OK people, listen up. First, to all of you who worked your asses off for John Kerry, and got the vote out, thank you and congratulations on doing a remarkable job. The poor, the young, and minorities came out to vote in considerably larger numbers than in recent history, and you should be proud of accomplishing that. In the process you have also created networks that will be absolutely vital over the next four years to fight anti-democratic, corporatist, neoconservative forces to a standstill as they attempt to do the following:
So rest up, because your energies will be needed. The fight will be on eight fronts, where we have an advantage, and I’ll be talking about them next week.
I’ve read a lot of analysis about what happened, and none of it makes sense. If you believe what you read this morning, Kerry should have won in a walk. The pundits say Kerry scored big with women, the young, moderates, African-Americans, Hispanics, political independents and baby boomers. But taken collectively that’s 80% of America. Significant numbers of women, moderates, independents and baby boomers obviously voted for Bush. Kerry got 4 million more votes than Gore, but Bush increased his popular vote by 8 million. The rural population of America is actually shrinking, so that doesn’t account for it. The exit polls suggest that each party kept 90% of its 2000 support and lost the other 10%. That means eight million ‘new’ voters, people who didn’t bother to vote in 2000, came out and voted for George Bush yesterday. Who are these people?
To answer that question, I sat down late last night with a map and the county-by-county results in the five swing states listed in the NYT map yesterday: Ohio, Florida, Wisconsin, Iowa and New Mexico. The patterns are stark and obvious. If you live in a big city, chances are a large majority of your neighbours voted for John Kerry, and, in some areas, you could fire off a cannon and not hit a Bush supporter. It’s not surprising that city-dwellers were astonished with the results. None of the 8 million new votes came from the cities. None of them came from small towns and farms. They all came from the suburbs.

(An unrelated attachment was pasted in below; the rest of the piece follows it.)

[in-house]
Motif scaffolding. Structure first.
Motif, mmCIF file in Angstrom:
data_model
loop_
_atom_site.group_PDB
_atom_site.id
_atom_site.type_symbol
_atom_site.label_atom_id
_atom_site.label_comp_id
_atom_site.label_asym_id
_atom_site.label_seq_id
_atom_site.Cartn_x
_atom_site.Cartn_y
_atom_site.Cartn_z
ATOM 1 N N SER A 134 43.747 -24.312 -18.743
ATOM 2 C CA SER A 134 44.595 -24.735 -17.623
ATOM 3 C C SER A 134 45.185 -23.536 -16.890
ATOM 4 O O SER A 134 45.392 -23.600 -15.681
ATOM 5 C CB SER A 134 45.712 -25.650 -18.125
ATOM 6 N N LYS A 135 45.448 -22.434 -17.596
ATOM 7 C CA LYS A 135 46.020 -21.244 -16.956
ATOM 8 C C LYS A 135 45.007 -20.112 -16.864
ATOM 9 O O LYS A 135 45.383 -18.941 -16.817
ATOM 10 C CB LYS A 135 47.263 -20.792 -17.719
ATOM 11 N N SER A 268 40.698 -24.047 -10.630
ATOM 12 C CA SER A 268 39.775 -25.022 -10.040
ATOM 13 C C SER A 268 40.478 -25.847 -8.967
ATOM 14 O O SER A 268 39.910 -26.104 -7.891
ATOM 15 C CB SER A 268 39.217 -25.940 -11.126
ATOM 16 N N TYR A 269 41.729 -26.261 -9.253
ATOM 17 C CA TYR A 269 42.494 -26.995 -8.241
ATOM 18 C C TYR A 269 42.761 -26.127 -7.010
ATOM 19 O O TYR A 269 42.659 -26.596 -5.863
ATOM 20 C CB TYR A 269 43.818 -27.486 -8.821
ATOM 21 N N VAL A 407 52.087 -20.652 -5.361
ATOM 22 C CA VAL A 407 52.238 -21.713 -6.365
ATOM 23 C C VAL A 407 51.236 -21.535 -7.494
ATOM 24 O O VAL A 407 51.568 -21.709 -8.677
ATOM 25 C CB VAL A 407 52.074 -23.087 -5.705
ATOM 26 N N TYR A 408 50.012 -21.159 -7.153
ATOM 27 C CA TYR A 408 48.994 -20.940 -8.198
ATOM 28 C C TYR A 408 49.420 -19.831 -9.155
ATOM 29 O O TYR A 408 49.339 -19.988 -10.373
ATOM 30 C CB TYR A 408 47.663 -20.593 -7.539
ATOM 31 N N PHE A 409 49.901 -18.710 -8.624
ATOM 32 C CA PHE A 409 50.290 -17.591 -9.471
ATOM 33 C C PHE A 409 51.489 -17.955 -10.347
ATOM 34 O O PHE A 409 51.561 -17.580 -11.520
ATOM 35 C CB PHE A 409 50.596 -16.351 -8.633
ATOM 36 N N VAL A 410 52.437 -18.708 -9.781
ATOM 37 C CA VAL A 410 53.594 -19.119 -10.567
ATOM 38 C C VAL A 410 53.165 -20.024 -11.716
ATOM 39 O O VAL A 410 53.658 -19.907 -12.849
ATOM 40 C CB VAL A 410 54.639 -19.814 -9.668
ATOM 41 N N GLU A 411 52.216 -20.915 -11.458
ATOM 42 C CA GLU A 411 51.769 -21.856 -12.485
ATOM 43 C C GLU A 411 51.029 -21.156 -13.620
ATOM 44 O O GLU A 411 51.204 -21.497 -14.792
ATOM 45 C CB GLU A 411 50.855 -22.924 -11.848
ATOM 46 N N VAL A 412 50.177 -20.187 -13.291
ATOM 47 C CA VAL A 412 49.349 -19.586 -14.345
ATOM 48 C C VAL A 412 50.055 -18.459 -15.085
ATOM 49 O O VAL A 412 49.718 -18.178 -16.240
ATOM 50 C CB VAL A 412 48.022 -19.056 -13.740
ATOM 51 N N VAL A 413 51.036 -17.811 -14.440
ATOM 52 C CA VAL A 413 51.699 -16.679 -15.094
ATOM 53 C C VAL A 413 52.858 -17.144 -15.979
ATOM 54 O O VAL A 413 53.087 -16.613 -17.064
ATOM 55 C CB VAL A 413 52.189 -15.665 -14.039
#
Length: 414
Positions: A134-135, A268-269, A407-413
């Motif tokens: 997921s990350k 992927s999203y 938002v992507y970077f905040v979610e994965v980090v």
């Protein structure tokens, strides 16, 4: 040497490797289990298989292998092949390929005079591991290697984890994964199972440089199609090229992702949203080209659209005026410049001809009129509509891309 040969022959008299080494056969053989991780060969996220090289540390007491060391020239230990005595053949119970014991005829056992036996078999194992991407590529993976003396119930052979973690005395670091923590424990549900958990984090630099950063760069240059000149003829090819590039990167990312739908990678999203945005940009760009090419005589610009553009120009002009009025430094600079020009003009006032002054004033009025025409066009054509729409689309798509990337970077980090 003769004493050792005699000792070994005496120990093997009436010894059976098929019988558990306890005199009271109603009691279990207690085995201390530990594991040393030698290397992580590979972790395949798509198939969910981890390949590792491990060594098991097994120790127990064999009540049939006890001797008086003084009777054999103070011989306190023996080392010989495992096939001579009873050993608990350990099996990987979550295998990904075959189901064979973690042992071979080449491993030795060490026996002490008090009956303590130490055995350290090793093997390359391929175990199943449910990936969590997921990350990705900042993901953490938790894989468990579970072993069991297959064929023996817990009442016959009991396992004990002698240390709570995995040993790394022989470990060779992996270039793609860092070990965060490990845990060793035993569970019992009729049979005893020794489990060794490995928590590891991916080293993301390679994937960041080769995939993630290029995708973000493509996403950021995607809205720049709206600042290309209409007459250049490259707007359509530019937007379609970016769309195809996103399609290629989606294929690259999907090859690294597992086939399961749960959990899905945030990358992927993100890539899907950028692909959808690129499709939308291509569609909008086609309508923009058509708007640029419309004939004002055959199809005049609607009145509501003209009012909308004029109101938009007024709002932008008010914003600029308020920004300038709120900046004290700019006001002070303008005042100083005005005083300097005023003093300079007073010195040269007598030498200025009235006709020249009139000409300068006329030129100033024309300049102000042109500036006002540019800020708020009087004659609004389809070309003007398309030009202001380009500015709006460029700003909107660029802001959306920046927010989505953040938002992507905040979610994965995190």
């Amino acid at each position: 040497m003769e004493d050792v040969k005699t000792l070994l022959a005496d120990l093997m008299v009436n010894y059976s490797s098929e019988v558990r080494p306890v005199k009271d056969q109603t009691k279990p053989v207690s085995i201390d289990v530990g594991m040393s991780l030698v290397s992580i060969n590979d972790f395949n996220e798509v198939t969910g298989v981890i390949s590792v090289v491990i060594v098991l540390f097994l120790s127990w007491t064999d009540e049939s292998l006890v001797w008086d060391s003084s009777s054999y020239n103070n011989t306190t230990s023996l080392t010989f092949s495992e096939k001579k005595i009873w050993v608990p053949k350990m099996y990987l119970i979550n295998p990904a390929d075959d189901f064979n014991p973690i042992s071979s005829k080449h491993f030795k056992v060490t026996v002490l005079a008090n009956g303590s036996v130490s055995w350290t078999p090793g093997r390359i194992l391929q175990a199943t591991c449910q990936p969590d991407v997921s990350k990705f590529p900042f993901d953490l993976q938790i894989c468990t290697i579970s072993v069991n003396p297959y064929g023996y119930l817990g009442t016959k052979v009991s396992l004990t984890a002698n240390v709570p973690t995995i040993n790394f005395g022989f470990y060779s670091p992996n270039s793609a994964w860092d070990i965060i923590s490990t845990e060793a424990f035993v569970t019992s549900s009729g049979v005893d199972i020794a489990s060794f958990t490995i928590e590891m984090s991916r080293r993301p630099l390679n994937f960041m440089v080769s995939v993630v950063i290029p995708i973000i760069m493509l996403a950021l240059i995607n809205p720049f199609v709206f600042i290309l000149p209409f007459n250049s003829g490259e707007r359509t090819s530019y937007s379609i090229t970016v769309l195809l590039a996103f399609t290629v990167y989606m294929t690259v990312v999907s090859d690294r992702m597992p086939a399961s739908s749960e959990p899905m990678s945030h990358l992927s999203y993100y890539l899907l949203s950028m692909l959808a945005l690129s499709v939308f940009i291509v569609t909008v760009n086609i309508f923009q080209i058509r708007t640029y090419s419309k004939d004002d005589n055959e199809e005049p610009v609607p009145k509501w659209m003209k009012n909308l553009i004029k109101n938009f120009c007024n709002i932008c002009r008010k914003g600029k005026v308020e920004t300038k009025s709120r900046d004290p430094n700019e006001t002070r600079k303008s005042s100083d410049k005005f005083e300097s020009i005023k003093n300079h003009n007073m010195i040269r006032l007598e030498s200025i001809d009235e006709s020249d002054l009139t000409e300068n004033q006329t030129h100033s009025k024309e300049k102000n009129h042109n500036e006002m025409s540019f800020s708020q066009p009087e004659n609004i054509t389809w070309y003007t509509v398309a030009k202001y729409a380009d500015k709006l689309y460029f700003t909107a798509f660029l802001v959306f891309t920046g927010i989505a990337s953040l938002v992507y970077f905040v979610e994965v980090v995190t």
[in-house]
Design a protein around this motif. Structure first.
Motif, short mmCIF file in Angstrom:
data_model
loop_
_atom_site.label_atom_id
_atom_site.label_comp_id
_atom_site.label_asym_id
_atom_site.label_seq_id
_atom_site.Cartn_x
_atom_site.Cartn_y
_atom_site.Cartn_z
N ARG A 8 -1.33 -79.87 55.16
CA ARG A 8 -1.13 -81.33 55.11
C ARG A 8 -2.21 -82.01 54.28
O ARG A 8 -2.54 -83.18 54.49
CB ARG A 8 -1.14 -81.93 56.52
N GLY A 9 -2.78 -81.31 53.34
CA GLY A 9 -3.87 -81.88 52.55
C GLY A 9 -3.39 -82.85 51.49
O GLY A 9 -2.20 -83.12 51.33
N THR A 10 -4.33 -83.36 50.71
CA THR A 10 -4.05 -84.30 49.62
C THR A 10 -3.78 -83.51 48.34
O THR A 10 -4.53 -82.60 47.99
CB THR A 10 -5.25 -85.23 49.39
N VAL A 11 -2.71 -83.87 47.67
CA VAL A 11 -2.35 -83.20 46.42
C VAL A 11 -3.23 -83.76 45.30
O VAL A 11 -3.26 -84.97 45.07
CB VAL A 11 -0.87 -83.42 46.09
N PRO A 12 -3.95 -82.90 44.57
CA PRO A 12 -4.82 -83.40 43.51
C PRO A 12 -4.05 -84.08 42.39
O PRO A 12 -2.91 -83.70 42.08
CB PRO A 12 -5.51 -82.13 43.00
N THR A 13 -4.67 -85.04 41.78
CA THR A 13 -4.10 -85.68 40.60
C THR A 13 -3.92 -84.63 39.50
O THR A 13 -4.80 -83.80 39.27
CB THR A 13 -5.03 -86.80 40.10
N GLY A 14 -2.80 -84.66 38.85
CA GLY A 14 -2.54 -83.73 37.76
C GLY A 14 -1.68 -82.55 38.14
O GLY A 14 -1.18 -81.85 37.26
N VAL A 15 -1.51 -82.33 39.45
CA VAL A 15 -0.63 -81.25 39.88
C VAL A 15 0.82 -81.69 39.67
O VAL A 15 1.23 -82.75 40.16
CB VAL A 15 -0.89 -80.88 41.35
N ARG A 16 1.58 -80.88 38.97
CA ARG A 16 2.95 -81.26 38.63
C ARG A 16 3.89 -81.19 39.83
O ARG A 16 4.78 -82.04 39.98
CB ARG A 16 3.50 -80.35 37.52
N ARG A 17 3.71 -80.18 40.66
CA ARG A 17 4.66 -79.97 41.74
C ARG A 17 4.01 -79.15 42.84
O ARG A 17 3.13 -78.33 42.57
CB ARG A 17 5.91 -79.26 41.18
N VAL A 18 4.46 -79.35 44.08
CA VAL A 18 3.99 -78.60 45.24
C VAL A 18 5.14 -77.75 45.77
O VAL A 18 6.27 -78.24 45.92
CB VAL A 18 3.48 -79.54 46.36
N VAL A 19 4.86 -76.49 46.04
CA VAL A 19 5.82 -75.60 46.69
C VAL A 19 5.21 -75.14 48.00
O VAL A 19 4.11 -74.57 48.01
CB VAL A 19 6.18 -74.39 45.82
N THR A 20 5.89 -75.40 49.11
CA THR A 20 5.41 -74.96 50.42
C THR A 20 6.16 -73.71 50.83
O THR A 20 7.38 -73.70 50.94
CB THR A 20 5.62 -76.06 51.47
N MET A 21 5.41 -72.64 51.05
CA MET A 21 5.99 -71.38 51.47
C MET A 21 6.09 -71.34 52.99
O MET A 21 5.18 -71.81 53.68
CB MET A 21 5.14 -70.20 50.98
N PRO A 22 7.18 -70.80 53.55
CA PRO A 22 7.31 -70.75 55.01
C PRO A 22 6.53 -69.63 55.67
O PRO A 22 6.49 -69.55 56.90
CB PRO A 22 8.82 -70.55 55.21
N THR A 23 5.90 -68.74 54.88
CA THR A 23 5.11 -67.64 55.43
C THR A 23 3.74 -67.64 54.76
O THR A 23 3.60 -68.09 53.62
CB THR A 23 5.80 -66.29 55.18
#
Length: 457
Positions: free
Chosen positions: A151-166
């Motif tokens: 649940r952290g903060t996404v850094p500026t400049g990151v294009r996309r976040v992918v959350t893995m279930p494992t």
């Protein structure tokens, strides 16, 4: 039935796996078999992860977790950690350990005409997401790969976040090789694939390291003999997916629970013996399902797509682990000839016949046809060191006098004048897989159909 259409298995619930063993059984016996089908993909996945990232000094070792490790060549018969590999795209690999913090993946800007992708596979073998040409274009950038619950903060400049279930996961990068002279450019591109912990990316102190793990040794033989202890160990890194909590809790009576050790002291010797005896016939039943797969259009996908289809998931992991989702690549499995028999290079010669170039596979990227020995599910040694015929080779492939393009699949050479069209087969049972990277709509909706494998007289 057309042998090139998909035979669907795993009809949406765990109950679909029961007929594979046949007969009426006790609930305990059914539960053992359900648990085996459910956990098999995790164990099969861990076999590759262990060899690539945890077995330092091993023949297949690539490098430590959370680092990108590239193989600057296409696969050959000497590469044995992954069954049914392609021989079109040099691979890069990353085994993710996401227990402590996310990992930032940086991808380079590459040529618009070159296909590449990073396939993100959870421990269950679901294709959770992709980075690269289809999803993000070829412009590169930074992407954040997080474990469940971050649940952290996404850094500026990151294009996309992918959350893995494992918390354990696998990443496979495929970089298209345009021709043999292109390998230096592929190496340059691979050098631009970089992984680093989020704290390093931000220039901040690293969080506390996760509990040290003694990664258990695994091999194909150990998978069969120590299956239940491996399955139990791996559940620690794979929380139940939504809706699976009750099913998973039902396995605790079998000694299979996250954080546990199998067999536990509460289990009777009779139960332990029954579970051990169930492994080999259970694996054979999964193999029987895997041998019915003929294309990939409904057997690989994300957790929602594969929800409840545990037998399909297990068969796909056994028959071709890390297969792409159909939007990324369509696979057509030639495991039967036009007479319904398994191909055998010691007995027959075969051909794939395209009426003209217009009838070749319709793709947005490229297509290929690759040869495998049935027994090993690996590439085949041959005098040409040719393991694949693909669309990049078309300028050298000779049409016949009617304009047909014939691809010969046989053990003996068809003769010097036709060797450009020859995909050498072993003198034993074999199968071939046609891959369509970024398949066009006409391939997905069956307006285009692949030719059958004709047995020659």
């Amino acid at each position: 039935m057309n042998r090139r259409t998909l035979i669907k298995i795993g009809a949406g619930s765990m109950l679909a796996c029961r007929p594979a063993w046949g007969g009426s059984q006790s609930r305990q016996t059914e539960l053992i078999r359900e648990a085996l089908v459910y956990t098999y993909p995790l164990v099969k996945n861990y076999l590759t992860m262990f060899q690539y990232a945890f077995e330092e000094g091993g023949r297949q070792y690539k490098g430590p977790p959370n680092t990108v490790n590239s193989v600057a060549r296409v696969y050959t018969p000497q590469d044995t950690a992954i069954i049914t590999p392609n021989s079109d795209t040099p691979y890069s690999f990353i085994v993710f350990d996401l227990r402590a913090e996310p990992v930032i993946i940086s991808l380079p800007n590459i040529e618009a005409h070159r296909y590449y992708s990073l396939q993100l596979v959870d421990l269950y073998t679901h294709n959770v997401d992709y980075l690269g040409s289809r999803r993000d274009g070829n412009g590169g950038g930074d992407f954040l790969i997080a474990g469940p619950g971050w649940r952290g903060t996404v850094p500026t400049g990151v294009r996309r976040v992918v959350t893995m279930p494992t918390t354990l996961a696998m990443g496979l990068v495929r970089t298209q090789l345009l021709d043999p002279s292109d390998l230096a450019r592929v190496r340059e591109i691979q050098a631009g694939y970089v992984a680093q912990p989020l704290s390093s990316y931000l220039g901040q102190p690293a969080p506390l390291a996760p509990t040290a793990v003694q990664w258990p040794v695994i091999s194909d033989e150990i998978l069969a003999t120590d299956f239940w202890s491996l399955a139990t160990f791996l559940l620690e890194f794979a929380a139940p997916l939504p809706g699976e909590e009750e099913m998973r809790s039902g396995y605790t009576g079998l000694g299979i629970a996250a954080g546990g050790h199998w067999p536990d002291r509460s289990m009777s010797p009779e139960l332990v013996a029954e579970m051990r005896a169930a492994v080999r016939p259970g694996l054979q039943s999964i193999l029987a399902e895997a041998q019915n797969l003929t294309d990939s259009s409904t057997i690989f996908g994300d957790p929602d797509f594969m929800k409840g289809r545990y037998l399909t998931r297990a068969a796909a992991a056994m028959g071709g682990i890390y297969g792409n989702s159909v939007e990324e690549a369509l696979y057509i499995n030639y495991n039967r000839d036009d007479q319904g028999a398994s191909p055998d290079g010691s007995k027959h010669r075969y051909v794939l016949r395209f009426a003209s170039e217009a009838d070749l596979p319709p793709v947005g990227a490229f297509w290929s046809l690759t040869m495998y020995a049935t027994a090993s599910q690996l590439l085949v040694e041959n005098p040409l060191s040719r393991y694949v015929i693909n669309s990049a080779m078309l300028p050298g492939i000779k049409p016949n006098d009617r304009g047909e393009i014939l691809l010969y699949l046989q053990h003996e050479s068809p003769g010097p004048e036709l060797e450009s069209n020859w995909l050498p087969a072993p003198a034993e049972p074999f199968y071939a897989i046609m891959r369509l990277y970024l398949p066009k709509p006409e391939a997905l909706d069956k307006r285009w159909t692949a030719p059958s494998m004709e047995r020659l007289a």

Demographically, according to the US Census Bureau, 30% of Americans live in urban areas, 50% in suburban areas, and 20% in small towns and rural areas. That means 57 million of yesterday’s voters were suburban. It appears that Bush got close to 75% of the 22 million small town and rural votes, and only about 25% of the 34 million urban votes. Do the math and that means Bush got 34 million suburban votes versus Kerry’s 23 million. In 2000, Bush beat Gore in the suburbs by a very small margin. Bush won the popular vote yesterday thanks solely to suburban voters. Go through the county-by-county results and you’ll see that confirmed.
What would cause 8 million suburban voters who stayed home in 2000 to vote for Bush in 2004? It’s not protecting their affluence and thanking Bush for their tax cuts: Fifteen million of those 57 million suburbanites live below the poverty line, as many poor as live in urban areas and twice the number of the rural poor. What does the suburban demographic look like?